A heart for encouragement

Priya Cooper is a Paralympian World Champion Swimmer who also earned the title of Young Australian of the Year for Sport in 1999. She won an amazing nine gold medals spanning Paralympic Games in Barcelona in 1992, Atlanta in 1996, and Sydney in 2000. She’s also competed in a range of other sporting events, winning medals and breaking world records across the globe.

Since her time on the swimming circuit, Priya has become an inspiring leader in disability services, having sat on a number of high profile boards and as an Ambassador for various organisations. She is currently Deputy Chair of the Disability Services Commission, part of this role has been working with the National Disability Insurance Scheme (NDIS); President of WA Disabled Sports Association; and on the Board of the Ability Centre.

She is also a Perth suburban mum of two with a heart for encouraging mothers to live their best lives.

Born with Cerebral Palsy, Priya has had limited use of her legs for her whole life. Cerbral Palsy is a neurological disorder which affects a person’s movement. It can affect people in many different ways and there are also many different types of the disorder.

“I’ve got cerebral palsy and it only affects my legs,” she said. “Pretty much for most of my life I’ve walked around without a wheelchair, but as time’s gone on I’ve got a chair and it makes life easier. I struggle to get around walking now.

“Cerebral Palsy is a banner and a lot of stuff fits under there,” she added. “I’ve always just looked at it like, ‘oh yeah I have a disability.’ It has never really bothered me; I was born with it.

“It’s a neurological disease; my brain doesn’t tell my legs to work like yours do, the signals are going a bit skewiff. Some people with Cerebral Palsy have it in their hands or have their speech affected. Anything that gets sent through your brain needs to get sent through the right channels. It’s different for everyone.”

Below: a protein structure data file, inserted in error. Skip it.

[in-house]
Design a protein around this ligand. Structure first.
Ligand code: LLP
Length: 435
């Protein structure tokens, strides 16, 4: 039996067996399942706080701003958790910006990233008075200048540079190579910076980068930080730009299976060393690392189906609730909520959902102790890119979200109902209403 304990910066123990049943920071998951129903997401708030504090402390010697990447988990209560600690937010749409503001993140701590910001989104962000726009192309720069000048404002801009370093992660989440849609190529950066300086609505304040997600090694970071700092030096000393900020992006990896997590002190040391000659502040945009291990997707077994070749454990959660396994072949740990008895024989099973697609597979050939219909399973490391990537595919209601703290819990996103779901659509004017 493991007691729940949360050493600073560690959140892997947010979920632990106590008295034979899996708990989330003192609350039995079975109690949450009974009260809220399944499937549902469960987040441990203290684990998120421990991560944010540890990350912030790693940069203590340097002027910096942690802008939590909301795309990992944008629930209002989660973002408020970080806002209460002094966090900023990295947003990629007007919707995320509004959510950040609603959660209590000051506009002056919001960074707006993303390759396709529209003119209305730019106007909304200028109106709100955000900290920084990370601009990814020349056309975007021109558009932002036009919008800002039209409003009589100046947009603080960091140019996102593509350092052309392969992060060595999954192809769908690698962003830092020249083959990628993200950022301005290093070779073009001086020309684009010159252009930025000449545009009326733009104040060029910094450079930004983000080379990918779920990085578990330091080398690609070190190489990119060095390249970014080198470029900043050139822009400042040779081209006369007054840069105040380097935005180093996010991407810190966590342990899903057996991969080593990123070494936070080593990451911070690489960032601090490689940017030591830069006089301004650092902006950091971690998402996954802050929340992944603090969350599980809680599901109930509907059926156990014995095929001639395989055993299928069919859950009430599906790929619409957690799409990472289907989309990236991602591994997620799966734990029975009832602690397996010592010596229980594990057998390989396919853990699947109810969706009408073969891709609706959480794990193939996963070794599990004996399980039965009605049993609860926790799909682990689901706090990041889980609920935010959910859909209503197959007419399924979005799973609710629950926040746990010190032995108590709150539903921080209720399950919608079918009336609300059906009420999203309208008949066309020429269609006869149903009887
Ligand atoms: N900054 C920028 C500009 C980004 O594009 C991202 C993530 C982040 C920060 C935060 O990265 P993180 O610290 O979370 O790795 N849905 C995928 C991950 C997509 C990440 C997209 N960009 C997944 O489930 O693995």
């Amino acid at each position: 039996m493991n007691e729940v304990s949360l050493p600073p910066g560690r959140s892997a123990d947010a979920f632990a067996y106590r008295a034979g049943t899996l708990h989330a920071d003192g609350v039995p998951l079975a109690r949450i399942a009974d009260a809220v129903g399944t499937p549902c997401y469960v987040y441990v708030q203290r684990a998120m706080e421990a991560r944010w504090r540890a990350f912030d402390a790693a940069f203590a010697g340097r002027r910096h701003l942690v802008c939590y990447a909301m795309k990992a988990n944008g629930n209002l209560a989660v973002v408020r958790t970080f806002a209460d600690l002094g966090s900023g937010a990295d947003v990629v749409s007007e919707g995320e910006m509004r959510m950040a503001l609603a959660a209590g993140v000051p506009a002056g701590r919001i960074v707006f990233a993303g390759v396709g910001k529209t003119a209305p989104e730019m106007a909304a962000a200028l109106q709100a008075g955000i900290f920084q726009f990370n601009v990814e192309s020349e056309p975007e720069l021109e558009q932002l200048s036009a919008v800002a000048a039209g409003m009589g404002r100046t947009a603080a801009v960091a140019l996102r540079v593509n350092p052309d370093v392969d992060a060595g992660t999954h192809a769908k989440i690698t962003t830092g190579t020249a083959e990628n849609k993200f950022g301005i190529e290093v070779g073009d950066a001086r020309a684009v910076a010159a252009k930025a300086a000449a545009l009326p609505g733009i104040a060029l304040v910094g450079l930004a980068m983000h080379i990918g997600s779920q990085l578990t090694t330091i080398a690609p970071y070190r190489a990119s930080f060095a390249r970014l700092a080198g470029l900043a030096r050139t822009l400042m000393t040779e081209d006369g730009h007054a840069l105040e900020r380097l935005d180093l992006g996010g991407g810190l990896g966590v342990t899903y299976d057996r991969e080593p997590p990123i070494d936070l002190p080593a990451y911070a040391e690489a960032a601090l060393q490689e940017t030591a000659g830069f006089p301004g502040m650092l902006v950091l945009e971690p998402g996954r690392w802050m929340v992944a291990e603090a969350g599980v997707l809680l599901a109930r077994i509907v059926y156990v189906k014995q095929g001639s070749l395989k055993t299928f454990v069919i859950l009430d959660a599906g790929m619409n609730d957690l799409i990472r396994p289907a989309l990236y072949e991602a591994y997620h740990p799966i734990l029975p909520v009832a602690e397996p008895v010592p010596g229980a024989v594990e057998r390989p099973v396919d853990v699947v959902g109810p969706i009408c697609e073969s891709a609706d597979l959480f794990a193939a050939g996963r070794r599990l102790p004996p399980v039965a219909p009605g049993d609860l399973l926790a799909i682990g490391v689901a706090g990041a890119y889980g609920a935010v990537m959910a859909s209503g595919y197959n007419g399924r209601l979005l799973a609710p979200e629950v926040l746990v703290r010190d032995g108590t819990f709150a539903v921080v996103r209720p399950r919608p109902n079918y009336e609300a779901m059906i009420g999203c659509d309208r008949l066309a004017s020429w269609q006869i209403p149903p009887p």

Choosing to focus on her abilities, Priya has taken up opportunities to live a life of which others dream. Having the benefit of a supportive family and network, her introduction to sport was not that different from any
other kid in Australia.

“Growing up, I was in the pool all the time – as you are in Australia,” she said. “When it came to school, swimming was something I could do and I was good at it.

“I’d race against my able-bodied peers, but when I hit high school our school sports teacher suggested I look at disability swimming. I’d never heard of the Paralympics, never heard of anything like that! I’d been training in a club, but never thinking it was going to go anywhere, I just enjoyed it.

“Within quite a short space of time I was competing at my first Paralympic Games, which was Barcelona.

“I was still 17, I didn’t even know where Barcelona was. So it was a bit of
an eye opener.”

After winning three gold and two silver medals in Barcelona, Priya thought her life would just go back to studying and getting on with things. But instead she became immersed in the elite sporting world – and was loving it. She remembers that time as a great learning curve.

“I don’t know how to describe it because it’s just my life really,” she said. “It’s [winning gold] an awesome feeling. I never thought I was very competitive, but then as time went on I realised I actually was. So I learnt how to use that to deal with it and put it into my swimming. The feeling is amazing.

“Now, when I hear the national anthem, the kids sing it at school, you think of it a bit differently. You put in all this hard work over a long period of time and a lot of hours and you’ve got the result that you wanted. Obviously sometimes I got the result I didn’t want, but at the Paralympic Games, more than often I got what I had expected.

“If you’re swimming in the race and breaking a work record, that’s achievement because you’re marking yourself against the time you’ve done, and the medal is a bonus.”